Service Centre for the Marshall JCM900 in Australia

Hello and welcome back to our blog. Today we will draw your attention to the fact that we have been servicing the JCM900 series of Marshall amplifiers, since their debut in the Australian marketplace, back in the 1990’s. In fact we were an authorised Marshall warranty repairer back in those times when Marshall quality control had really slipped very badly. An alarming number of JCM900’s (also Valvestates, etc) were returned for repair under warranty. The good news is once their problems were properly sorted out, they continued to give their owners reliable service.

In this blog, we are considering the Model 4100 100 Watt High Gain Dual Reverb (head), probably the most common of the several models of JCM900’s, which were available as 50W or 100W, but the 100W is the one we see most often. There were also “Master Volume’ models, plus a higher gain SL-X, all without the inclusion of reverb. There were problems with the supply of EL34 power output valves when these amps were first introduced, and so the first production amps were shipped with (Sovtek) 5881 output valves, with a sticker on the amp chassis to explain this. Later in the production run, when EL34 valve supplies were restored, Marshall reinstated these. If you have an earlier JCM900, we can restore your amp to EL34 power output with a relatively simple couple of MOD’s.

A significant departure in design philosophy from the previous JCM800 series amps, is the inclusion of solid-state preamp circuitry and clipping stages, combined with two 12AX7 valve gain stages and a 12AX7 EQ buffer stage. The reverb circuitry is completely solid-state. The exception to this is the SL-X model which is totally 12AX7 valve preamp circuitry. Therefore, as some of the High Gain Dual Reverb sound is being created in the solid-state preamp circuitry, the selection of preamp valves doesn’t seem to be as critical as in an all-valve high-gain circuit. The 12AX7’s are there to warm things up a bit, but they are not contributing high gain. The ‘normal’ channel employs LED’s as clipping diodes, and the ‘boost’ channel employs silicon diodes. The ‘lead gain’ control in the ‘boost’ channel goes all the way to ’20’, no doubt inspired by the 1980’s movie This is Spinal Tap. The phase-inverter and output stages are conventional Marshall valve circuits, although there are some changes from the earlier and very successful JMP & JCM800 designs.

What problems do we typically expect to see when a JCM900 is delivered to the workshop ?? Damaged pots & jacks would be high on the list. For whatever reasons, the Alpha split-shaft, PCB mounting pots are often damaged (ie, cutting in & out) to the point of requiring replacement. This is not a huge problem, we always have them in stock, and they are not expensive. The 9-pin (12AX7) valve sockets often are not doing their job, creating intermittent problems. Once again, these are not expensive – they are hand-wired, which is a good thing, but it is a labour intensive job to replace them. And of course, if the amp has had a hard-rocking life, a new pair or quartet of output valves (and power amp rebias) will be required.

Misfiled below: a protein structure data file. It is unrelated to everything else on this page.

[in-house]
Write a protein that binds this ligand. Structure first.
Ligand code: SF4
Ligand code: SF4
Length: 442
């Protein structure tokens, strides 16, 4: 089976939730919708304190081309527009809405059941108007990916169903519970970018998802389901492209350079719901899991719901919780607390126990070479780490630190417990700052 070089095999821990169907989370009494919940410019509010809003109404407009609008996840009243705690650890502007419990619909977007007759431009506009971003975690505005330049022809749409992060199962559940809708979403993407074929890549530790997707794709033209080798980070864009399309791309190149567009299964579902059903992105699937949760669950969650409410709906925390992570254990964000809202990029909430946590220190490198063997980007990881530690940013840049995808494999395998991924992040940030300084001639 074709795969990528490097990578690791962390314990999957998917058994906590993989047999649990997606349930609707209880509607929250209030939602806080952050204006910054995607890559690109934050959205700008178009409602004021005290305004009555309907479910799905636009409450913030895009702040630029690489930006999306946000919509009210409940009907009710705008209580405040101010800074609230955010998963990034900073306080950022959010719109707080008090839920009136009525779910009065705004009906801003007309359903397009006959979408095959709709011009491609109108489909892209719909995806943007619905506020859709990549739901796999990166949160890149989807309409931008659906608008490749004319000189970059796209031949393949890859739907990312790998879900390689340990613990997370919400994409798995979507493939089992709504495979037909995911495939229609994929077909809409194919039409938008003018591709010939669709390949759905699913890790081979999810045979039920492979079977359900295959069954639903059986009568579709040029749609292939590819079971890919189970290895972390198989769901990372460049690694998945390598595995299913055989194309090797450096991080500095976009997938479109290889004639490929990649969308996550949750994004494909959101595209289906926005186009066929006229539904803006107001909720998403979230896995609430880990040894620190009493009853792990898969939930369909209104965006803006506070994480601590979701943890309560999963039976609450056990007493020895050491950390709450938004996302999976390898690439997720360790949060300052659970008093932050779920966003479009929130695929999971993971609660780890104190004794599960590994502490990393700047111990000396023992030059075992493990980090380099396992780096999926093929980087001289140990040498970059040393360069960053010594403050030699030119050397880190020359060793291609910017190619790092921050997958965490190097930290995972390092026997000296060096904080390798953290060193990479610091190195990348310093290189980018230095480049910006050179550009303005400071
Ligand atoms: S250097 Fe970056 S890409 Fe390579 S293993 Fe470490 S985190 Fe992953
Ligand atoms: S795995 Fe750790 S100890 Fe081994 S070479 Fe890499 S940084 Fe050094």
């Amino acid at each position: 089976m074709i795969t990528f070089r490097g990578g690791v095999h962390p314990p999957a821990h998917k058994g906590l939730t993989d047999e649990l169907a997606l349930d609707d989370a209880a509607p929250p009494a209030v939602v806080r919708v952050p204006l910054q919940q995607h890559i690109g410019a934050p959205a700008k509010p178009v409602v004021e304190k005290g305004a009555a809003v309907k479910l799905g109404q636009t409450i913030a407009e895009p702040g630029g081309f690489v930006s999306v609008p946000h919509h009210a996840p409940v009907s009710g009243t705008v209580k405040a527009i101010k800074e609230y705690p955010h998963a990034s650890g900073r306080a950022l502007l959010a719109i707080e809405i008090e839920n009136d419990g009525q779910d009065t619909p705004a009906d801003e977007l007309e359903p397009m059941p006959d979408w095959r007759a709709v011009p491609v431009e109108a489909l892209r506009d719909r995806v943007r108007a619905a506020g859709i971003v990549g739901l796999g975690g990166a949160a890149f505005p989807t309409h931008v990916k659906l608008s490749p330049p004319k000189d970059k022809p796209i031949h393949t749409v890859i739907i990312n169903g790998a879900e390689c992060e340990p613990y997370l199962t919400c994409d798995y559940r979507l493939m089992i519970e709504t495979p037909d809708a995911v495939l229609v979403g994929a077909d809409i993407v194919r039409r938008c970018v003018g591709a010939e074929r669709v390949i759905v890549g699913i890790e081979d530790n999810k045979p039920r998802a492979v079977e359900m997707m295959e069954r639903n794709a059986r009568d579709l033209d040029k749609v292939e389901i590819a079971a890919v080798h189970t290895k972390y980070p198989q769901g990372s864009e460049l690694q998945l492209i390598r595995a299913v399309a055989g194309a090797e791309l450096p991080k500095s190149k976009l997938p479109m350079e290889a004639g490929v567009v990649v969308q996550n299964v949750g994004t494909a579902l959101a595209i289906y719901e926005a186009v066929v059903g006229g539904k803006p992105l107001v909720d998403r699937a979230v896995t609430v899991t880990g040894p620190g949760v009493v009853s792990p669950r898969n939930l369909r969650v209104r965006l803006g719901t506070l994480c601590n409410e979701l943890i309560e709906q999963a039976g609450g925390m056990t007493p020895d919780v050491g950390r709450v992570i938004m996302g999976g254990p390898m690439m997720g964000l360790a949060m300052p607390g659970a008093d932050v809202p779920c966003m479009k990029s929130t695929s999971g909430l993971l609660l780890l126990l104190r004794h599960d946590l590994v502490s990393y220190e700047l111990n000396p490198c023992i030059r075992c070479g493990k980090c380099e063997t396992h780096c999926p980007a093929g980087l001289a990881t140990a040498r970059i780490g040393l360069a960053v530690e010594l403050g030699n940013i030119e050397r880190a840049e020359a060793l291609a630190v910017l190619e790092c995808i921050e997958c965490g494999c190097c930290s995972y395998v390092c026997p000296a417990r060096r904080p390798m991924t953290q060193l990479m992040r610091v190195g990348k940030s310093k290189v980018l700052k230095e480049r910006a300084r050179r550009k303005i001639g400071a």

Some of the 100 watt units will become unstable with a new set of valves. Some were possibly only marginally stable all along. There have been a couple of very basic valve amp design rules which have been overlooked by the design team, in the JCM900 series. Both the control grids and screen grids of each output valve must be fitted with a ‘stopper’ resistor, mounted as close to the valve socket as possible. When Marshall reinstated EL34 output valves, they installed 4 x 2.2K/5 watt screen grid resistors on the board for the 100 watt models. This is very good design practice but unfortunately, they are not really close to the actual sockets. The big mistake was with the control grid resistors – 1.5K was used in lieu of the traditional Marshall value of 5.6K, and it gets worse – two of them are mounted on the board, and only two at the sockets.

We would automatically install 4 x 5.6K (or higher) control grid resistors directly on the sockets, with all 100 watt JCM900 amps that we receive in the workshop. In the case of particularly unstable amps, we would increase the value of the control grid resistors. The great HIWATT amps of the 1970’s used 22K resistors in this position as standard, for example. These comments re grid ‘stopper’ resistors apply even more so to the original production run of made-in-China VOX AC100 amps, by the way.

What were the most common customer complaints (if any) about the JCM900 series amps, then and now ?? Ref the ‘master volume’ models, the original production run had very limited headroom – there was virtually no ‘clean’ sound at all. This was possibly down to the solid-state clipping circuitry ?? In any case, this issue was solved with the introduction of the SL-X ‘master volume’ model, which was all valve circuitry, except for the FX Loop. In the case of the ‘High Gain Dual Reverb’ models, overwhelmingly the complaint would be that the amps were really incredibly bright, requiring the ‘treble’ and ‘presence’ controls to be set counter-clockwise to compensate. We can assist with this issue, by implementing some simple power amp MOD’s (including: see the above paragraphs), resulting in a smoother top end response, and making the EQ controls useable again. These MOD’s do not reduce in any way the overdrive capability of these amps.

Thanks for checking in to the blog, Ivan Richards.

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